His group searched for about three years for the right partner. Pantai have seven hospitals in Malaysia — in Kuala Lumpur, Selangor, Melaka, Perak and Penang — with a total capacity of some20 , 000beds.

Al-Sharif Group plans to build two hospitals — one in Makkah and another in Madinah, each with200 -bed capacity.

“We are a comprehensive private health care provider, the largest in Malaysia, and hope that with this joint venture we will be able to explore, together with Al-Sharif Group, all aspects of the health care market, particularly hospitals and management in the Kingdom,” explained Ibrahim.

Established 29 years ago, Pantai has grown to include hospitals and clinical support services such as laboratory and blood bank services, clinical waste disposal, hospital maintenance, cleaning and laundry services, nursing school, and health tourism.

Al-Sharif Fayez said the group also planned to build a medical institute to train Saudis in all areas of hospital requirements including x-rays, laboratory work and blood banks.

“We want to contribute to the Saudi economy, provide jobs for locals, and with the best of health care available locally, encourage people to stay in the Kingdom for medical treatment.”

He said Al-Sharif Group, established nearly two decades ago, has diversified from trading and construction into such areas as electrical power generation plants, and distribution systems, property, commercial centers and health care

July 22, 2004

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Private wing fees would be lower

Source: New Straits Times Wednesday, July 21, 2004

Kuala Lumpur, Tues. –
Malaysians are assured that treatment at the proposed private wings of public hospitals will be cheaper than at private hospitals.

Health Minister Datuk Dr. Chua Soi Lek assured Malaysians today that the new fee schedule for private wings would ensure this.

“We will examine fees charged by the private sector. We cannot charge the same fees as the private sector. Government service must always have an element of subsidy,” he said in an interview.

He cited the example of Magnetic Resonance Imaging (MRI) which costs an average of RM1,200 in private hospitals but only RM150 at government hospitals.

He said the ministry wanted to introduce a more equitable rate for such specialised procedures.

“We have not worked out the details of the new rates yet. There is a lot of red tape to look into,” he said.

He said a team headed by ministry secretary-general Datuk Ismail Adam and Deputy Health Minister Datuk Dr Abdul Latiff Ahmad has been appointed to look into the matter.

Dr. Chua, who acknowledged that private hospitals were not happy with the decision to set up private wings in public hospitals, said they should not worry about the financial bottomline.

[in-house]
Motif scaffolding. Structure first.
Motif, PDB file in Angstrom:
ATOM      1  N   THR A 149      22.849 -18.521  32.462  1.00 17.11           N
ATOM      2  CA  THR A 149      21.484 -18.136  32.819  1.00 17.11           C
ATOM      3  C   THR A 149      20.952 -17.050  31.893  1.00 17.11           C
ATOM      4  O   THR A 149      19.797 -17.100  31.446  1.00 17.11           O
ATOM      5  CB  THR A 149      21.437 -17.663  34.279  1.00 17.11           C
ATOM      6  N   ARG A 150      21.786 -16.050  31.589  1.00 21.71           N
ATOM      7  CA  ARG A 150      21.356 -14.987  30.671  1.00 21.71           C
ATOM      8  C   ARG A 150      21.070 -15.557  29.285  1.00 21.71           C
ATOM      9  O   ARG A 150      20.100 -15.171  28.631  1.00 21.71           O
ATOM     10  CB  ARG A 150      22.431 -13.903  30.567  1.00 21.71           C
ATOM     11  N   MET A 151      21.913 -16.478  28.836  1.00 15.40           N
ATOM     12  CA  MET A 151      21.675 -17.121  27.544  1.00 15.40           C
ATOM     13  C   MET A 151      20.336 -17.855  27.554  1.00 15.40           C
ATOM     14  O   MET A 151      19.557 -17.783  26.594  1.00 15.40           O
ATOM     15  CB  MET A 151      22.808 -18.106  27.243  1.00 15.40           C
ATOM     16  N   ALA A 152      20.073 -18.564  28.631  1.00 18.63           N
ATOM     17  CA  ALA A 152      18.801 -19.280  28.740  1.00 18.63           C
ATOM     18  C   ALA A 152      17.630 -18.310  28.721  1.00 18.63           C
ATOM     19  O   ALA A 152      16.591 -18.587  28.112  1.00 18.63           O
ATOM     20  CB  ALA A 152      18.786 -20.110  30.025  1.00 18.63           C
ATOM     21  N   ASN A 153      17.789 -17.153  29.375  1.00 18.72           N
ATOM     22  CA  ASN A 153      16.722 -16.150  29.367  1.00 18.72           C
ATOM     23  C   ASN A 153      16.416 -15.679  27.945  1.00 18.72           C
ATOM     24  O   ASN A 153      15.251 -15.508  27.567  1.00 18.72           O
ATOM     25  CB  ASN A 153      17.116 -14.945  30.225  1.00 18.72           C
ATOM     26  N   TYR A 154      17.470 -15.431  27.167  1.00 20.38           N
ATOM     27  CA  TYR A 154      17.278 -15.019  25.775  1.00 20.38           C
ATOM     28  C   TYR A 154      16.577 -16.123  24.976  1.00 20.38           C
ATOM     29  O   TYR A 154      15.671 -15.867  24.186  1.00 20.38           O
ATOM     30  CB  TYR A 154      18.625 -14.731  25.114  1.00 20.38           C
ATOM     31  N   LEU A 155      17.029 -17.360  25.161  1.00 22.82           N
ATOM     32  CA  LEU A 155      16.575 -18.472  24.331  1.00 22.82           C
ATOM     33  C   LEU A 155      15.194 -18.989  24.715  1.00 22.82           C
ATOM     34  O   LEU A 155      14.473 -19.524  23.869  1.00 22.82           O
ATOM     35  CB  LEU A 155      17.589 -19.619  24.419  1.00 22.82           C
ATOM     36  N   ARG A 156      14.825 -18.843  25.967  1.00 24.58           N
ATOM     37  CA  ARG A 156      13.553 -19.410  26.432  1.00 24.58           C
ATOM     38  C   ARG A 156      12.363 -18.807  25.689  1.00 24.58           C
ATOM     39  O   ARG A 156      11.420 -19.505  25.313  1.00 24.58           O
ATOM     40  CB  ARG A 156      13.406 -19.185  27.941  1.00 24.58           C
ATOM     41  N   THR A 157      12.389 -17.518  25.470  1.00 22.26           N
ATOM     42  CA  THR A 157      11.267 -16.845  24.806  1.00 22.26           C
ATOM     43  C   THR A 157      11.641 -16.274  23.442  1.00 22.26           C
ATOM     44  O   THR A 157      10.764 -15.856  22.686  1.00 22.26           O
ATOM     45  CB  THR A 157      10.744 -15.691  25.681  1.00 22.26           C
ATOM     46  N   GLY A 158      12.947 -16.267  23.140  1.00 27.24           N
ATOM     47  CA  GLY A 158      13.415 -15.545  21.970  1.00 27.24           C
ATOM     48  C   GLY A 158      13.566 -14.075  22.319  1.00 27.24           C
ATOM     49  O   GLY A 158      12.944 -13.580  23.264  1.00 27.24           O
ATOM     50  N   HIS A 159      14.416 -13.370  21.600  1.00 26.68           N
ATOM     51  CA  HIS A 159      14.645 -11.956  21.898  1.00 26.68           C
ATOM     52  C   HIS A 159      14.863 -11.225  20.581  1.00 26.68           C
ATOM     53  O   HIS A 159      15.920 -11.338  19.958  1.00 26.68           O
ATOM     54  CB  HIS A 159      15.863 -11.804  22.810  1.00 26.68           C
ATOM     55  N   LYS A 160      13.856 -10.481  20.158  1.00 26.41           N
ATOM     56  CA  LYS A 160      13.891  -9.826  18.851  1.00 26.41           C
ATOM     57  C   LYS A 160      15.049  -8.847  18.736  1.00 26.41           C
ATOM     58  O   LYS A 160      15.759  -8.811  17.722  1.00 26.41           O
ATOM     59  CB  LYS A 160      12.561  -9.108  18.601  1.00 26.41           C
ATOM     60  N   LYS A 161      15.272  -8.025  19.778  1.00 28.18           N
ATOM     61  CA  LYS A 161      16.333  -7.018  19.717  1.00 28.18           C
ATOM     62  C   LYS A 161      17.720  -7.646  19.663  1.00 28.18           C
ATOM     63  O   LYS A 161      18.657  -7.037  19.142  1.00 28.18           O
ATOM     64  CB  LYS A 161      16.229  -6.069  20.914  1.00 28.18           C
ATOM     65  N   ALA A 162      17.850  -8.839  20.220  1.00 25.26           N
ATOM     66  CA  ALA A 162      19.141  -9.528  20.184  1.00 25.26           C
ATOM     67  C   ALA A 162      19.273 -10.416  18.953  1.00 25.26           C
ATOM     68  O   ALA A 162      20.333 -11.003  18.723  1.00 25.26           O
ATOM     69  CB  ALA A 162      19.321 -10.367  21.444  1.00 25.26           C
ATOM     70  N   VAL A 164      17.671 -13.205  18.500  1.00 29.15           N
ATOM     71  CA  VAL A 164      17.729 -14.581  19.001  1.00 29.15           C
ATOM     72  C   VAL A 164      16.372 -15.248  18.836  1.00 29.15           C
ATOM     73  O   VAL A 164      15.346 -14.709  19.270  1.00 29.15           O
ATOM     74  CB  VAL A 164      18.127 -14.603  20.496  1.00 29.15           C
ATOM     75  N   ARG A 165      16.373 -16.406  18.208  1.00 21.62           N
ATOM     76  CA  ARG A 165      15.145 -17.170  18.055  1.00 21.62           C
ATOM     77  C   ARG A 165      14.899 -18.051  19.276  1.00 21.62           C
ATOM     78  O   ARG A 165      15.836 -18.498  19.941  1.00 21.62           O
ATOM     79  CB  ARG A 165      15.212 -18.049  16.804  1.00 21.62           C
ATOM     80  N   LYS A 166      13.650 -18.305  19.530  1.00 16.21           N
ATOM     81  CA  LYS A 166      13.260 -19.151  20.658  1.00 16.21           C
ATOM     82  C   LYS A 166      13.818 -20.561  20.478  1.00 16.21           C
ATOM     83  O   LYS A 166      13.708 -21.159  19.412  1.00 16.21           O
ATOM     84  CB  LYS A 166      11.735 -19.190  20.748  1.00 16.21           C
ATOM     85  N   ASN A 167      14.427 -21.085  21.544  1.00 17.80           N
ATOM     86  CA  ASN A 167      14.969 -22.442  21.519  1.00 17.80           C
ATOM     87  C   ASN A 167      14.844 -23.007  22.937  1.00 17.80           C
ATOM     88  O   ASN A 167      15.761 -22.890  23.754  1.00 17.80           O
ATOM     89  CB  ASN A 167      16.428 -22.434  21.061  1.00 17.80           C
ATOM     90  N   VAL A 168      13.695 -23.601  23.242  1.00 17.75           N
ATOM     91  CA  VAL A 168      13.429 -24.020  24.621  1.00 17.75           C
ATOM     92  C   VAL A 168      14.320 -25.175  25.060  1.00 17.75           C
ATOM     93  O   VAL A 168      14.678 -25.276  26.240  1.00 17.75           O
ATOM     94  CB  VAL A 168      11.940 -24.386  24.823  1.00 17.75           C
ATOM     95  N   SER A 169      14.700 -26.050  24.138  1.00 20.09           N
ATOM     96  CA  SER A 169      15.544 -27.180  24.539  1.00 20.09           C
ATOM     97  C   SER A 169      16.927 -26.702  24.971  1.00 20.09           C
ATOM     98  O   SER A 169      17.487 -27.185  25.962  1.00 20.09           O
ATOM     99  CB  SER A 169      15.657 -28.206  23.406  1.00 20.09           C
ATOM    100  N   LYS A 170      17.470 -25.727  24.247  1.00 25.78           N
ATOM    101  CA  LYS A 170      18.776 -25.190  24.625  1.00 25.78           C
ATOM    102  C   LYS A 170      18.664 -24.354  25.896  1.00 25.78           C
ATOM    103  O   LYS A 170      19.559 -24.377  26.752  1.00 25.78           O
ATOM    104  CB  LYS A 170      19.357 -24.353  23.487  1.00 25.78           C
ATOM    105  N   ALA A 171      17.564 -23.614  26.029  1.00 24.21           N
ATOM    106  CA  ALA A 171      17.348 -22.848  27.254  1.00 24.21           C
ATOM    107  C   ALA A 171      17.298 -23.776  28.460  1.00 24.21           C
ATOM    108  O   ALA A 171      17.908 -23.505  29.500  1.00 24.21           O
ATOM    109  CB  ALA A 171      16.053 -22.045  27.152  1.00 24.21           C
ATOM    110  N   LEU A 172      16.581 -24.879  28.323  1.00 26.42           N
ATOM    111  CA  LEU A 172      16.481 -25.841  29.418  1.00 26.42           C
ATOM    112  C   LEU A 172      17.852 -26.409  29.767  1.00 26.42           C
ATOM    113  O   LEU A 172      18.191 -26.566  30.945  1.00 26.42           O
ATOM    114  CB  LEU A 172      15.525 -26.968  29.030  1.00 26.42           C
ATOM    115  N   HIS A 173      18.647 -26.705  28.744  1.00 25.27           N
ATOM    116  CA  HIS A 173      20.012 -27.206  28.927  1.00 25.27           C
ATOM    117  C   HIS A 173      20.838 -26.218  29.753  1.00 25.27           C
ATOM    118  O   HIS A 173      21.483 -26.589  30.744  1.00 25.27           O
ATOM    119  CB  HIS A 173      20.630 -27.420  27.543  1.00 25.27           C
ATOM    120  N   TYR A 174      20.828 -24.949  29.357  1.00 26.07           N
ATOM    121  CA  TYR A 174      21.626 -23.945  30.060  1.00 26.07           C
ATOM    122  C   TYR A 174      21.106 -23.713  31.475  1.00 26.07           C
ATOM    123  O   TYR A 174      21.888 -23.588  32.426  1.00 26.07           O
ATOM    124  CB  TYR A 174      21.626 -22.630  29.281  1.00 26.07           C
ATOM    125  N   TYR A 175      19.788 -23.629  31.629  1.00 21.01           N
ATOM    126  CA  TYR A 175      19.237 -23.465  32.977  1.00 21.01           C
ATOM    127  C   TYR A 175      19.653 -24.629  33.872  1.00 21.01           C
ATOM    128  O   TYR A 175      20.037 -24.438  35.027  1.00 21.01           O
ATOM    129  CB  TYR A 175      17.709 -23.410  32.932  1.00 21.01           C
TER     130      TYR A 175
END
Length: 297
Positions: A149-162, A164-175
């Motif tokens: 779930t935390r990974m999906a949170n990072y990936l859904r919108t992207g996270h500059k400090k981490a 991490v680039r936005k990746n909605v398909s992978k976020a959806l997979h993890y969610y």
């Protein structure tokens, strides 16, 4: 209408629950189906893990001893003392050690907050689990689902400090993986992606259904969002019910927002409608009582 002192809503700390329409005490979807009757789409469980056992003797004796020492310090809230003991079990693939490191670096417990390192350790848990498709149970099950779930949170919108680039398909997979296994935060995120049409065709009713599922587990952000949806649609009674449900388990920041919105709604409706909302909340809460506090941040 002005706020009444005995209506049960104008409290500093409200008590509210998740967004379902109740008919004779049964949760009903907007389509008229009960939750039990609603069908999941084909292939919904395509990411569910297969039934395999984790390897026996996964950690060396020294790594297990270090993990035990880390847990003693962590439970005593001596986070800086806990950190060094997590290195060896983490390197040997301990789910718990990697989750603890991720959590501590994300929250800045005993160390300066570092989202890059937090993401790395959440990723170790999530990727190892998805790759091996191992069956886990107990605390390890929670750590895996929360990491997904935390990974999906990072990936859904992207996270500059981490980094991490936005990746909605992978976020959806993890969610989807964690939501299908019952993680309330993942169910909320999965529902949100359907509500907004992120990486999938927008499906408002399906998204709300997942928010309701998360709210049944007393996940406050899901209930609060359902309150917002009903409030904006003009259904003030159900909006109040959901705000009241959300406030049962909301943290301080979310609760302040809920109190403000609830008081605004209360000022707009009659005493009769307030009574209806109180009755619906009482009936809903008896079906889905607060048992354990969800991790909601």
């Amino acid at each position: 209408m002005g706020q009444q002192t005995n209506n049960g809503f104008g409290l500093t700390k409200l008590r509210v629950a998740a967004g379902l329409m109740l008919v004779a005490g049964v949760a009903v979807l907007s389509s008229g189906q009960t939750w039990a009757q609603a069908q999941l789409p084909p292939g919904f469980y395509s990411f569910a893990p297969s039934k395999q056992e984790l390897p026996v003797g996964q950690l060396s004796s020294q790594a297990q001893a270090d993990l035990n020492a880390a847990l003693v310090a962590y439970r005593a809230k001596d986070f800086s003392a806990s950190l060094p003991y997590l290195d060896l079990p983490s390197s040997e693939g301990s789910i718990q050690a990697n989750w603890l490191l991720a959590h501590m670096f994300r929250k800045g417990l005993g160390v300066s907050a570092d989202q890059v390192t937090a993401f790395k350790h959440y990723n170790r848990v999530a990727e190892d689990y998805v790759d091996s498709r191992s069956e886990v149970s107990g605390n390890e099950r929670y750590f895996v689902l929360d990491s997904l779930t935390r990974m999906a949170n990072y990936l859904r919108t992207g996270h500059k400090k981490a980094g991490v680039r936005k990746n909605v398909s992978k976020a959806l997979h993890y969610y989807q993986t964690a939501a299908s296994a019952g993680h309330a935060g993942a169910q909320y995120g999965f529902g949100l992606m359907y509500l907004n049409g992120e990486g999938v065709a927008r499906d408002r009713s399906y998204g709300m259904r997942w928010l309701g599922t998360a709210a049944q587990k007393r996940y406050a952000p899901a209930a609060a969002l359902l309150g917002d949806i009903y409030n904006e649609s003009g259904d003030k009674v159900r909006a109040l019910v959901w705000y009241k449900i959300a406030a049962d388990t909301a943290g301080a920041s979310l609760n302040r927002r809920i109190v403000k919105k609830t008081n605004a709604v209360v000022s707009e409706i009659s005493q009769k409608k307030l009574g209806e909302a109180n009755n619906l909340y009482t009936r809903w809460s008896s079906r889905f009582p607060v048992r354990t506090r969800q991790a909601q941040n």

“Market forces will determine, especially in a service industry like health, where people will go. Health is a very personal and important matter and will affect every family.”

He said there should be sufficient business for both public and private hospitals as the economy expanded and the public became more affluent.

He said the new schedule would not have to go through Parliament as it was not an amendment to the existing fee structure under the Fee Act (medical) 1994.

On the variables in determining the new fee structure, he said payments to doctors and nurses would top the list.

“We have to look at how much to pay doctors and nurses. We also have to look at the insurance aspect and who should pay for it.

“We also have to look at how many hours doctors and nurses are allowed to work,” he said.

Dr. Chua said there was also the issue of where private wings should be located.

“This is a huge issue to be tackled. There are many variables involved and I need a few months to put everything in place.”

Dr. Chua yesterday announced that private wings would be set up at public hospitals next year, adding that a pilot project would begin once administrative matters are settled.

Under the Act, government hospitals can charge maximum surgical fees of RM200 for third class, RM1,200 for second class, and RM3,000 for first class patients. This does not include ward, food, medicine and other charges.

Meanwhile, the Association of Private Hospitals of Malaysia (APHM), which is against the move, said the private wings would create a “two-tier” system, where patients’ access to treatment would depend on their ability to pay.

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CAP: Poor patients will be shortchanged